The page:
Apart from body and sensor, cameras can and do differ across a range of features. The two cameras under consideration are similar with respect to both having an electronic viewfinder. However, the one in the E-M1 III offers a slightly higher resolution than the one in the RX100 V (2360k vs 2359k dots). The table below summarizes some of the other core capabilities of the Olympus E-M1 III and Sony RX100 V in connection with corresponding information for a sample of similar cameras.
|1.||Olympus E-M1 III||2360||n||3.0 / 1037||swivel||Y||1/8000s||18.0/s||n||Y|
|2.||Sony RX100 V||2359||n||3.0 / 1229||tilting||n||1/2000s||24.0/s||Y||Y|
|3.||Canon G7 X Mark II||none||n||3.0 / 1040||tilting||Y||1/2000s||8.0/s||Y||Y|
|4.||Canon G3 X||optional||n||3.2 / 1620||tilting||Y||1/2000s||5.9/s||Y||Y|
|5.||Canon G5 X||2360||n||3.0 / 1040||swivel||Y||1/2000s||5.9/s||Y||Y|
|6.||Olympus E-M5 III||2360||n||3.0 / 1040||swivel||Y||1/8000s||10.0/s||n||Y|
|7.||Olympus E-M1X||2360||n||3.0 / 1037||swivel||Y||1/8000s||18.0/s||n||Y|
|8.||Olympus E-M1 II||2360||n||3.0 / 1037||swivel||Y||1/8000s||18.0/s||n||Y|
|9.||Olympus E-M1||2360||n||3.0 / 1037||tilting||Y||1/8000s||10.0/s||n||Y|
|10.||OM System OM-1||5760||n||3.0 / 1640||swivel||Y||1/8000s||10.0/s||n||Y|
|11.||Panasonic GH5 II||3680||n||3.0 / 1840||swivel||Y||1/8000s||12.0/s||n||Y|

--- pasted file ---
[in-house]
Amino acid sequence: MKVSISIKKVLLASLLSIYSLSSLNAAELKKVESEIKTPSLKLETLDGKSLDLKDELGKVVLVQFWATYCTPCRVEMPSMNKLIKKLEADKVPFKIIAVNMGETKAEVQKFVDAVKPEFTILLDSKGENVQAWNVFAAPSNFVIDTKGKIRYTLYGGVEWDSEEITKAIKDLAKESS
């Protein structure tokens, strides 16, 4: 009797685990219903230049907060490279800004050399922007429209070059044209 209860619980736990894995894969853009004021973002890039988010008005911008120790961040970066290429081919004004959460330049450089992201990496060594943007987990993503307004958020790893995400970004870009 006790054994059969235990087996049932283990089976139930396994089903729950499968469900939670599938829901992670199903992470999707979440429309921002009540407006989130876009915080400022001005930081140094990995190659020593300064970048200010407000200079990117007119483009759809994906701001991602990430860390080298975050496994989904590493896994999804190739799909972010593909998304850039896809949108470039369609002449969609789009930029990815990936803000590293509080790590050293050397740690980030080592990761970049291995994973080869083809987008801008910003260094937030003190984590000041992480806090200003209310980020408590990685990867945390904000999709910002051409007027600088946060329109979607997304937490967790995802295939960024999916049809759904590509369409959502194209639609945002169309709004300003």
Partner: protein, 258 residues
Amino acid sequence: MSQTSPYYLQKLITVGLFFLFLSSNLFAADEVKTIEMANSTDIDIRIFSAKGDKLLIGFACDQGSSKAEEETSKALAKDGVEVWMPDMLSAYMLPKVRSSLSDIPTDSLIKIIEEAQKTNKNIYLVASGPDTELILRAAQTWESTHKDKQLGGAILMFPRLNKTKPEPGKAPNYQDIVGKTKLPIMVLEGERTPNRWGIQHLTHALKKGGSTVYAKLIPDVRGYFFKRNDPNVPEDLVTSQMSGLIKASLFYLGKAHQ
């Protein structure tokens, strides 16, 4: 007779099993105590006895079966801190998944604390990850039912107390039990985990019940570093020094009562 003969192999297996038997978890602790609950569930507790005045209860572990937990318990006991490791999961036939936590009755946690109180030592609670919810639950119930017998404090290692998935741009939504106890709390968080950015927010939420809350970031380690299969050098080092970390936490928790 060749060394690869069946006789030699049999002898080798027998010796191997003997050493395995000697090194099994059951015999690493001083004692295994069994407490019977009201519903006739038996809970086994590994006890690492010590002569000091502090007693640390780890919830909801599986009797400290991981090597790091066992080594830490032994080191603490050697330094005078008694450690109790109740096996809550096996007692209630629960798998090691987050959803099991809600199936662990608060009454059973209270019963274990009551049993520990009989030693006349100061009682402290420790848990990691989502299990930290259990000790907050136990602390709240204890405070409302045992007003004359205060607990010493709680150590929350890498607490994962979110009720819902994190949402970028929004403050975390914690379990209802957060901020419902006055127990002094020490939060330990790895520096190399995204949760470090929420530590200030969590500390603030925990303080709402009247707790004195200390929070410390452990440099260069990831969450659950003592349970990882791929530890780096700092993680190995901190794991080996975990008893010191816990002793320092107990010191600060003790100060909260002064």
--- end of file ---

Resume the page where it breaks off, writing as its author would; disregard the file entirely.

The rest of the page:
|12.||Panasonic G95||2360||n||3.0 / 1240||swivel||Y||1/4000s||9.0/s||Y||Y|
|13.||Panasonic G9||3680||Y||3.0 / 1040||swivel||Y||1/8000s||20.0/s||n||Y|
|14.||Panasonic GH5||3680||n||3.2 / 1620||swivel||Y||1/8000s||12.0/s||n||Y|
|15.||Panasonic GX8||2360||n||3.0 / 1040||swivel||Y||1/8000s||10.0/s||n||Y|
|16.||Sony RX100 VII||2359||n||3.0 / 921||tilting||Y||1/2000s||90.0/s||Y||Y|
|17.||Sony RX100 IV||2359||n||3.0 / 1228||tilting||n||1/2000s||16.0/s||Y||Y|
|Notes: *) Information refers to the mechanical shutter, unless the camera only has an electronic one.|
One differentiating feature between the two cameras concerns the touch sensitivity of the rear screen. The E-M1 III has a touchscreen, while the RX100 V has a conventional panel. Touch control can be particularly helpful, for example, for setting the focus point.Both cameras have an articulated rear screen that can be turned to be front-facing. This feature will be particularly appreciated by vloggers and photographers who are interested in taking selfies.